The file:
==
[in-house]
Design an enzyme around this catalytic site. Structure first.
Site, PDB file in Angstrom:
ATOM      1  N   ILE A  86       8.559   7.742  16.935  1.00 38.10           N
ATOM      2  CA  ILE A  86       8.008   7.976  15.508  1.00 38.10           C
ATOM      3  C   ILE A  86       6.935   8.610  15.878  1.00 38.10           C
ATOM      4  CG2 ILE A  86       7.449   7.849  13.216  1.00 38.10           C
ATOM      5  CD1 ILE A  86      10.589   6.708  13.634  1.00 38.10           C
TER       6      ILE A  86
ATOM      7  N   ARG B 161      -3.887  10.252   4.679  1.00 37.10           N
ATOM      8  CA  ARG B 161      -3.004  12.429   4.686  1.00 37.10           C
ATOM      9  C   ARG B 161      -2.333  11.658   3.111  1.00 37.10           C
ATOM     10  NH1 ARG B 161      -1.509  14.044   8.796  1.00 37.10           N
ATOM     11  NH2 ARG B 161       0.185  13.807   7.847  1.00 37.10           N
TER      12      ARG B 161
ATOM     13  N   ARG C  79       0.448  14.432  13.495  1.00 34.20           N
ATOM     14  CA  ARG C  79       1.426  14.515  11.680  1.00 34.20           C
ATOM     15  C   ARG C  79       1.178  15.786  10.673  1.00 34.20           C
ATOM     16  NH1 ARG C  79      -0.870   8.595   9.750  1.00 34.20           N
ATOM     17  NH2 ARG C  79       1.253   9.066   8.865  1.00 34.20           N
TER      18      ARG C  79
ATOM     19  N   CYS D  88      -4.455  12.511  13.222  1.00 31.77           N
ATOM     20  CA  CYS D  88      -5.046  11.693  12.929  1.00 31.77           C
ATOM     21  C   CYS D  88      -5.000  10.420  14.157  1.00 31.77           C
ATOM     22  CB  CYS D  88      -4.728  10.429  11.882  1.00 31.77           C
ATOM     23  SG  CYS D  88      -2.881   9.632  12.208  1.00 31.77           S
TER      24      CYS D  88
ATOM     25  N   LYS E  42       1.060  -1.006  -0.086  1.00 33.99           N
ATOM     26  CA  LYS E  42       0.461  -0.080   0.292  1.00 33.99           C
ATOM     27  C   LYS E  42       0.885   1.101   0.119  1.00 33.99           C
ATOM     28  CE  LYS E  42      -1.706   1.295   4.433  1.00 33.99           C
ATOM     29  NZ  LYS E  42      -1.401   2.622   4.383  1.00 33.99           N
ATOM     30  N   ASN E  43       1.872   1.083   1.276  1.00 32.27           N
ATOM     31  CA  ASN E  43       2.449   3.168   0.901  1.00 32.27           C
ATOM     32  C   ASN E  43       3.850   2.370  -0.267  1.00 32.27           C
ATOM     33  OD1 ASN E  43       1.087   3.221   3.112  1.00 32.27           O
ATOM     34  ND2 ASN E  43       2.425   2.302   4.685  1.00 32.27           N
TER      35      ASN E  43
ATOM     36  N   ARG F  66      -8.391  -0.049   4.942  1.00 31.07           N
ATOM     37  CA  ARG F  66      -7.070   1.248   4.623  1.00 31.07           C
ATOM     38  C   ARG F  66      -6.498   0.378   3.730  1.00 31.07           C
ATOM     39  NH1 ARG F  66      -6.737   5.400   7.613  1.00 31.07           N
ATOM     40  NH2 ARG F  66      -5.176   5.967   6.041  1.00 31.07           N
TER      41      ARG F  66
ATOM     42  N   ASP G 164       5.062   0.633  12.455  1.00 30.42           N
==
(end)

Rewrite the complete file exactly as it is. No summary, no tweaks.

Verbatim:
[in-house]
Design an enzyme around this catalytic site. Structure first.
Site, PDB file in Angstrom:
ATOM      1  N   ILE A  86       8.559   7.742  16.935  1.00 38.10           N
ATOM      2  CA  ILE A  86       8.008   7.976  15.508  1.00 38.10           C
ATOM      3  C   ILE A  86       6.935   8.610  15.878  1.00 38.10           C
ATOM      4  CG2 ILE A  86       7.449   7.849  13.216  1.00 38.10           C
ATOM      5  CD1 ILE A  86      10.589   6.708  13.634  1.00 38.10           C
TER       6      ILE A  86
ATOM      7  N   ARG B 161      -3.887  10.252   4.679  1.00 37.10           N
ATOM      8  CA  ARG B 161      -3.004  12.429   4.686  1.00 37.10           C
ATOM      9  C   ARG B 161      -2.333  11.658   3.111  1.00 37.10           C
ATOM     10  NH1 ARG B 161      -1.509  14.044   8.796  1.00 37.10           N
ATOM     11  NH2 ARG B 161       0.185  13.807   7.847  1.00 37.10           N
TER      12      ARG B 161
ATOM     13  N   ARG C  79       0.448  14.432  13.495  1.00 34.20           N
ATOM     14  CA  ARG C  79       1.426  14.515  11.680  1.00 34.20           C
ATOM     15  C   ARG C  79       1.178  15.786  10.673  1.00 34.20           C
ATOM     16  NH1 ARG C  79      -0.870   8.595   9.750  1.00 34.20           N
ATOM     17  NH2 ARG C  79       1.253   9.066   8.865  1.00 34.20           N
TER      18      ARG C  79
ATOM     19  N   CYS D  88      -4.455  12.511  13.222  1.00 31.77           N
ATOM     20  CA  CYS D  88      -5.046  11.693  12.929  1.00 31.77           C
ATOM     21  C   CYS D  88      -5.000  10.420  14.157  1.00 31.77           C
ATOM     22  CB  CYS D  88      -4.728  10.429  11.882  1.00 31.77           C
ATOM     23  SG  CYS D  88      -2.881   9.632  12.208  1.00 31.77           S
TER      24      CYS D  88
ATOM     25  N   LYS E  42       1.060  -1.006  -0.086  1.00 33.99           N
ATOM     26  CA  LYS E  42       0.461  -0.080   0.292  1.00 33.99           C
ATOM     27  C   LYS E  42       0.885   1.101   0.119  1.00 33.99           C
ATOM     28  CE  LYS E  42      -1.706   1.295   4.433  1.00 33.99           C
ATOM     29  NZ  LYS E  42      -1.401   2.622   4.383  1.00 33.99           N
ATOM     30  N   ASN E  43       1.872   1.083   1.276  1.00 32.27           N
ATOM     31  CA  ASN E  43       2.449   3.168   0.901  1.00 32.27           C
ATOM     32  C   ASN E  43       3.850   2.370  -0.267  1.00 32.27           C
ATOM     33  OD1 ASN E  43       1.087   3.221   3.112  1.00 32.27           O
ATOM     34  ND2 ASN E  43       2.425   2.302   4.685  1.00 32.27           N
TER      35      ASN E  43
ATOM     36  N   ARG F  66      -8.391  -0.049   4.942  1.00 31.07           N
ATOM     37  CA  ARG F  66      -7.070   1.248   4.623  1.00 31.07           C
ATOM     38  C   ARG F  66      -6.498   0.378   3.730  1.00 31.07           C
ATOM     39  NH1 ARG F  66      -6.737   5.400   7.613  1.00 31.07           N
ATOM     40  NH2 ARG F  66      -5.176   5.967   6.041  1.00 31.07           N
TER      41      ARG F  66
ATOM     42  N   ASP G 164       5.062   0.633  12.455  1.00 30.42           N